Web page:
One-Year Anniversaries for Oil and the Euro and A Little History

July 14, 2009

West Texas Intermediate futures peaked on July 11, 2008 at $147.27 and are presently trading off 59.0% from that peak.  Gold, by comparison, dropped only about 5% on balance over that period.  Oil prices recorded lower period averages for eight consecutive months — $134.08 in June 2008, $133.97 in July, $116.69 in August, $103.57 in September, $76.81 in October, $57.27 in November, $42.32 in December, $42.06 in January and $39.18 in February — but then rose to mean readings of $48.07 in March, $50.05 in April, $59.29 in May and $69.70 in June.  Since other measures of expected and actual inflation remain subdued, gold’s resilience may reflect a hedge against international monetary reforms.

It’s not happenstance that the euro’s peak of $1.6038 occurred just four days after oil crested.  The dollar is trading 15.0% higher now than on July 14, 2008.  However, EUR/USD has been remarkably steady around $1.40 for nearly three months now.  There have been only two trading sessions since May 21st in which that key relationship failed to trade within a single cent of that pivot, a condition also met on the first three trading days of January.  The $1.40 per euro level has deeper historical roots than generally realized.  On the final trading day of 1998 when fixed parities were sealed between the euro and the founding individual currencies of the European Monetary Union, the new currency was equated to 1.95583 German marks.  The mark had been Continental Europe’s previous hegemon currency, and the German Bundesbank strongly influenced domestic monetary policy in much of the rest of Western Europe, much as Euro interest rate changes now tend to be mimicked by Denmark’s central bank.  The square root of the mark’s euro parity is 1.3985.  At $1.3985 per euro and only at that level does the synthetic mark have an identical quote of 1.3985 per dollar.  To put that level in historical context, the strongest D-mark quote against the dollar prior to the euro’s launch at the beginning of 1999 was DEM 1.3450 on March 8, 1995.  At the Euro’s peak a year ago, the synthetic mark equaled 1.2195 per dollar.  The mark traded around 4.0 per dollar in the latter 1960’s, near 3.19 per dollar after a first dollar devaluation in December 1971, and at DEM 2.90 after a second dollar devaluation in February 1973.  Flexible exchange rates replaced fixed dollar rates one month later in March 19, 1973.  $1.3985 per euro represents marginally more than a halving of the dollar’s Deutsche mark value since the pair started to float, a net 2.0% per annum pace of dollar depreciation sustained over slightly more than 36 years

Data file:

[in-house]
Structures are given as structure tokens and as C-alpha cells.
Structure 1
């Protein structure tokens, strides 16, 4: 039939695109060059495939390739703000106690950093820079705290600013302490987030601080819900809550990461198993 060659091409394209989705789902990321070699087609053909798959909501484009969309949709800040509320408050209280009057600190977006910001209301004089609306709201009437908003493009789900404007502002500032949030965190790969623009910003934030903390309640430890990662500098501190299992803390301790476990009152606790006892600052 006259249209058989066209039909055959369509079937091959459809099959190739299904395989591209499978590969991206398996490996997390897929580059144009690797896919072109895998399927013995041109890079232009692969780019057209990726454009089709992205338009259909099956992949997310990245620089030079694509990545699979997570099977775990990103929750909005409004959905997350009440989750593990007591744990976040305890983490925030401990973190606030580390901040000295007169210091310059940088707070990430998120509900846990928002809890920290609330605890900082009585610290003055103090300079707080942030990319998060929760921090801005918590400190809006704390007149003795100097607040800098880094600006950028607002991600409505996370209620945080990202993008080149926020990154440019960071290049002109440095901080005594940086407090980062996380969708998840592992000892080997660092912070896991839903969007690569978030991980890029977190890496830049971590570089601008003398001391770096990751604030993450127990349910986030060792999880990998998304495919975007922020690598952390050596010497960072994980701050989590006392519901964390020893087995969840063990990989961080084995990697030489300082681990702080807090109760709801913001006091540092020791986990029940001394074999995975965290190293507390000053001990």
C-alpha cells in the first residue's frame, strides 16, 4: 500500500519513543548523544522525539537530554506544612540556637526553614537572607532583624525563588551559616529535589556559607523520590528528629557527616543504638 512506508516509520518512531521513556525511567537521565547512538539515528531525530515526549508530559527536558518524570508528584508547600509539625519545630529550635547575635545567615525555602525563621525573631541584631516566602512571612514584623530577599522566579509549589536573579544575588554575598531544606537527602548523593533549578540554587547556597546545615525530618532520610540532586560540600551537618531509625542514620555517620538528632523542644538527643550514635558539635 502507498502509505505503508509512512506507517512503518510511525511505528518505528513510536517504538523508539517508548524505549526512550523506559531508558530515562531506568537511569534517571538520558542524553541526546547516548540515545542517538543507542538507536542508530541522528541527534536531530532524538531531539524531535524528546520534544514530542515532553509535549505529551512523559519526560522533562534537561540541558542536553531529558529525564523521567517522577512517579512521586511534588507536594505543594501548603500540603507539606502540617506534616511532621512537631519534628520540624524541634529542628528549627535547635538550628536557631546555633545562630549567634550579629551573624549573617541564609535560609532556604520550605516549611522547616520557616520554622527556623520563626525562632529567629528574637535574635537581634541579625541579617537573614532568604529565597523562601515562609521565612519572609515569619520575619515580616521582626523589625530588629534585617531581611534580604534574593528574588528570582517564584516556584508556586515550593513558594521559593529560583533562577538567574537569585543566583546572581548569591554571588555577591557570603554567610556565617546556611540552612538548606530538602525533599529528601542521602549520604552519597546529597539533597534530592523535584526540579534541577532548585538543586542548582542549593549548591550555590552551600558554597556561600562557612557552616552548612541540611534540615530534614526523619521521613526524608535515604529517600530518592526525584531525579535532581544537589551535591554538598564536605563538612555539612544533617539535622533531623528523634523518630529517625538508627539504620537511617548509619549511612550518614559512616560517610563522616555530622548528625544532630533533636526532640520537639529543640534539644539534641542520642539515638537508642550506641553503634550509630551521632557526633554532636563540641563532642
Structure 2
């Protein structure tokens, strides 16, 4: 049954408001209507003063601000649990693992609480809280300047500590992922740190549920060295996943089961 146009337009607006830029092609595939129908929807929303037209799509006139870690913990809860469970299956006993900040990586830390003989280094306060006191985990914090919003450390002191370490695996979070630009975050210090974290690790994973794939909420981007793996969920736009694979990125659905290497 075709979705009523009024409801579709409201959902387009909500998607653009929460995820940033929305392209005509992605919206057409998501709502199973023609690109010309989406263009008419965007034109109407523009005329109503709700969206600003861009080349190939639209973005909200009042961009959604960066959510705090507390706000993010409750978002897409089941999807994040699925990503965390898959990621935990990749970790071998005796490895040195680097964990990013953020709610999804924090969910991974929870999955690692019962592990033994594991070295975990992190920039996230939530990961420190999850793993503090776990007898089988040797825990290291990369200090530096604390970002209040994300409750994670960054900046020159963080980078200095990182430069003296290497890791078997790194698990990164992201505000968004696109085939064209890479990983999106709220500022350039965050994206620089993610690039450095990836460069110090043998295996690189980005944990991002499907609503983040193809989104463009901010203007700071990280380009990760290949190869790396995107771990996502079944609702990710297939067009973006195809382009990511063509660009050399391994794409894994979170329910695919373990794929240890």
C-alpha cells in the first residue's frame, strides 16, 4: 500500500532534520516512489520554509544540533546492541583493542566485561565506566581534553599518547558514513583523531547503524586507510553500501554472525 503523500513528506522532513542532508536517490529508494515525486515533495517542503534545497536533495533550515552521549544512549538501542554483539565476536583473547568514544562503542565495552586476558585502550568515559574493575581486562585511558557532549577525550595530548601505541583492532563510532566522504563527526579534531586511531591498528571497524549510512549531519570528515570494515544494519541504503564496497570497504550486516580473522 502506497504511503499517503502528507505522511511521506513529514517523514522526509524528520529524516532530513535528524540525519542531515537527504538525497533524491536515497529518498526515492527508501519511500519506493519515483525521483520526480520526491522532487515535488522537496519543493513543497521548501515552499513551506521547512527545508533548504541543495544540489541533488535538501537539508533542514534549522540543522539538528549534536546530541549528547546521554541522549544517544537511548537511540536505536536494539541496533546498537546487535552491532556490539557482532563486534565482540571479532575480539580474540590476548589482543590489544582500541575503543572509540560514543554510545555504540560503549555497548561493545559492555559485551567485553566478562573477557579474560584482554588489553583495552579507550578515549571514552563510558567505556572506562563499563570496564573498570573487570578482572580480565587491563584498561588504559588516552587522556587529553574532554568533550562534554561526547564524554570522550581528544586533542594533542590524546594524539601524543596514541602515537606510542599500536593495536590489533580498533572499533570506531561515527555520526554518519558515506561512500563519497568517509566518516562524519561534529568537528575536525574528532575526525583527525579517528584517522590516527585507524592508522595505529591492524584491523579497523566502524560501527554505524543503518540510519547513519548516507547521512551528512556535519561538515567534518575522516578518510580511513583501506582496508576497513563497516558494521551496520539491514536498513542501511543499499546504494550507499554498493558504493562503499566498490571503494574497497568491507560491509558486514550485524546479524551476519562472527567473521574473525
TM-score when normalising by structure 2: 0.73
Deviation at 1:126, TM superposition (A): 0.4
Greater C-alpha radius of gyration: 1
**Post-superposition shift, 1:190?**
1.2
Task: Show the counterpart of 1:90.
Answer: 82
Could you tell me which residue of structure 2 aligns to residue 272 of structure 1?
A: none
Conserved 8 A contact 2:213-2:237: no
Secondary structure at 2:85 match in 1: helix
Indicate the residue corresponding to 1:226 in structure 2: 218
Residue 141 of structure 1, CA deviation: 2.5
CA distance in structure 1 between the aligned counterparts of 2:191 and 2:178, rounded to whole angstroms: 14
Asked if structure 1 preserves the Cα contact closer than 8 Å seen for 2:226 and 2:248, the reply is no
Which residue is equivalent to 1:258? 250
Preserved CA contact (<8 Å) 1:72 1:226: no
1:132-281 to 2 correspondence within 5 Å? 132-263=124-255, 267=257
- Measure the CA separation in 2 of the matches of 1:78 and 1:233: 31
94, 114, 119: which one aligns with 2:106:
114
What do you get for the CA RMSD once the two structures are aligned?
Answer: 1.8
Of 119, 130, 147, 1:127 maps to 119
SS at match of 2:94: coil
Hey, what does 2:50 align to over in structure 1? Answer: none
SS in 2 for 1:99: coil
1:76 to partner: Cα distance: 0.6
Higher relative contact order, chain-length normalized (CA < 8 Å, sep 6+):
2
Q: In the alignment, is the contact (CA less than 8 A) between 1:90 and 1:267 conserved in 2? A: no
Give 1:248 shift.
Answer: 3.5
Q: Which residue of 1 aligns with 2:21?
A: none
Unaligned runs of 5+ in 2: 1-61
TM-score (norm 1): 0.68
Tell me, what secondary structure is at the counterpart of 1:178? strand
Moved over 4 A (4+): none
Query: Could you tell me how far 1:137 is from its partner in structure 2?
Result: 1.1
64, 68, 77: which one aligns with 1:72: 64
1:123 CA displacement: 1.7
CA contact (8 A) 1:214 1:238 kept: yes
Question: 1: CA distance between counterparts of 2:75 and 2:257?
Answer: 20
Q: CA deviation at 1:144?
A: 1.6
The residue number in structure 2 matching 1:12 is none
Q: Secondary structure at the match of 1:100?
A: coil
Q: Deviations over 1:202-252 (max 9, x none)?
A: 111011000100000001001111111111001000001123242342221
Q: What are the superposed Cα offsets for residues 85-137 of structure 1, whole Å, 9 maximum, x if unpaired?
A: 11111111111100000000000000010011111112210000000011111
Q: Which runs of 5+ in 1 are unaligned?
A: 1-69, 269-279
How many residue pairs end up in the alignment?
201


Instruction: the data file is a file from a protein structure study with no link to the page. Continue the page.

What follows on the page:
One of the great ironies of the present international monetary system, an arrangement that revolves around the disproportionate importance of the dollar, wherein dollars are held as international reserves to a far greater extent than America’s share of world trade or globlal GDP, is the U.S. currency’s failure to meet an important requirement for such a role, namely a documented track record of stability as a long-term store of value.  Against its major rival, the dollar has lost 51% of its value since 1973 and 65% compared to Bretton Woods post-war parities.  Beijing officials are not the first big holders of dollar-denominated assets to question the status quo and call for modifications. Until a significant mass investor exodus from the dollar develops, it will be very hard for that process to gain traction strictly by policy design directed by political leaders.  President Obama preaches change on a wide range of policies, but here is one suggestion against which U.S. officials will offer ferocious resistance.

The dollar has advanced sharply on balance over the past year against commodity-sensitive currencies like the Australian dollar (23.5%), New Zealand kiwi (+20.4%) and Canadian dollar (13.3%).  It rose 22.5% against sterling but just 6.8% against the Swiss franc.  On a weaker note, the greenback has lost 12.4% of its value against the Japanese yen.  Although it remains 16.5% above its record low of 79.85 hit on April 19, 1995, it is 74% weaker than its yen parity of 360 in the 1960’s, an average loss of roughly 3.4% per annum over the past 39 years.

In the year since the euro and oil crested, the Dow, Dax, Nikkei and British Footsie have dropped 20-something percent.  Ten-year British Gilt and German bund yields, down 117 basis points and 107 bps respectively, declined more sharply on balance than U.S. Treasury yields or Japanese JGBs, which fell by 43 bps and 25 basis points.

Copyright Larry Greenberg 2009.  All rights reserved.  No secondary distribution without express permission.

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